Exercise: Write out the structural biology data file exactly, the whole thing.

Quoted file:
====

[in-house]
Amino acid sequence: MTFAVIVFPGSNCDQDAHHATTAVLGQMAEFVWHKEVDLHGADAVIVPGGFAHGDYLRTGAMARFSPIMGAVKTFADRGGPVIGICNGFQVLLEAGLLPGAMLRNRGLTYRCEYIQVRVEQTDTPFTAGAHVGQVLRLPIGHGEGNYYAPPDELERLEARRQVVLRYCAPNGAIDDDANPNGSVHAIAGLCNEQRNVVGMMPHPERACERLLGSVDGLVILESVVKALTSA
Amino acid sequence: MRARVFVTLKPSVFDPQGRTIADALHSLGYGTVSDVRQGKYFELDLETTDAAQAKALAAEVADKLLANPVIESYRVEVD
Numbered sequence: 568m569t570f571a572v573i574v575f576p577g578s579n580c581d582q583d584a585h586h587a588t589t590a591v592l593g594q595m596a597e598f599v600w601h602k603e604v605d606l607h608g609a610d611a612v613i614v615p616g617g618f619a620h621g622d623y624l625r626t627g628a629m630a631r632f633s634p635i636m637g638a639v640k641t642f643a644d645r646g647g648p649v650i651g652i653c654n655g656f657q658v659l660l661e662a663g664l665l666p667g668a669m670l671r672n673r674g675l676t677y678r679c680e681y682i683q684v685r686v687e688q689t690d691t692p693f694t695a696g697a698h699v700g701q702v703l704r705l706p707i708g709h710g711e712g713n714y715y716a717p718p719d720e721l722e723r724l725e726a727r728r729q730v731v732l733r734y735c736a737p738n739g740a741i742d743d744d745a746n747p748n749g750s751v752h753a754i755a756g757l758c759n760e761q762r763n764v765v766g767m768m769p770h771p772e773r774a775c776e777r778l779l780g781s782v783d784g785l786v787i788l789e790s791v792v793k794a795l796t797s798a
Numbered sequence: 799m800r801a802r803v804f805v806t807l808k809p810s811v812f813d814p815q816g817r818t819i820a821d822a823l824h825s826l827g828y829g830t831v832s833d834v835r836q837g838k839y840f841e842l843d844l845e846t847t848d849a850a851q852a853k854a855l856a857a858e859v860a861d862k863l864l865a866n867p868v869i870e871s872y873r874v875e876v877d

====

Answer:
[in-house]
Amino acid sequence: MTFAVIVFPGSNCDQDAHHATTAVLGQMAEFVWHKEVDLHGADAVIVPGGFAHGDYLRTGAMARFSPIMGAVKTFADRGGPVIGICNGFQVLLEAGLLPGAMLRNRGLTYRCEYIQVRVEQTDTPFTAGAHVGQVLRLPIGHGEGNYYAPPDELERLEARRQVVLRYCAPNGAIDDDANPNGSVHAIAGLCNEQRNVVGMMPHPERACERLLGSVDGLVILESVVKALTSA
Amino acid sequence: MRARVFVTLKPSVFDPQGRTIADALHSLGYGTVSDVRQGKYFELDLETTDAAQAKALAAEVADKLLANPVIESYRVEVD
Numbered sequence: 568m569t570f571a572v573i574v575f576p577g578s579n580c581d582q583d584a585h586h587a588t589t590a591v592l593g594q595m596a597e598f599v600w601h602k603e604v605d606l607h608g609a610d611a612v613i614v615p616g617g618f619a620h621g622d623y624l625r626t627g628a629m630a631r632f633s634p635i636m637g638a639v640k641t642f643a644d645r646g647g648p649v650i651g652i653c654n655g656f657q658v659l660l661e662a663g664l665l666p667g668a669m670l671r672n673r674g675l676t677y678r679c680e681y682i683q684v685r686v687e688q689t690d691t692p693f694t695a696g697a698h699v700g701q702v703l704r705l706p707i708g709h710g711e712g713n714y715y716a717p718p719d720e721l722e723r724l725e726a727r728r729q730v731v732l733r734y735c736a737p738n739g740a741i742d743d744d745a746n747p748n749g750s751v752h753a754i755a756g757l758c759n760e761q762r763n764v765v766g767m768m769p770h771p772e773r774a775c776e777r778l779l780g781s782v783d784g785l786v787i788l789e790s791v792v793k794a795l796t797s798a
Numbered sequence: 799m800r801a802r803v804f805v806t807l808k809p810s811v812f813d814p815q816g817r818t819i820a821d822a823l824h825s826l827g828y829g830t831v832s833d834v835r836q837g838k839y840f841e842l843d844l845e846t847t848d849a850a851q852a853k854a855l856a857a858e859v860a861d862k863l864l865a866n867p868v869i870e871s872y873r874v875e876v877d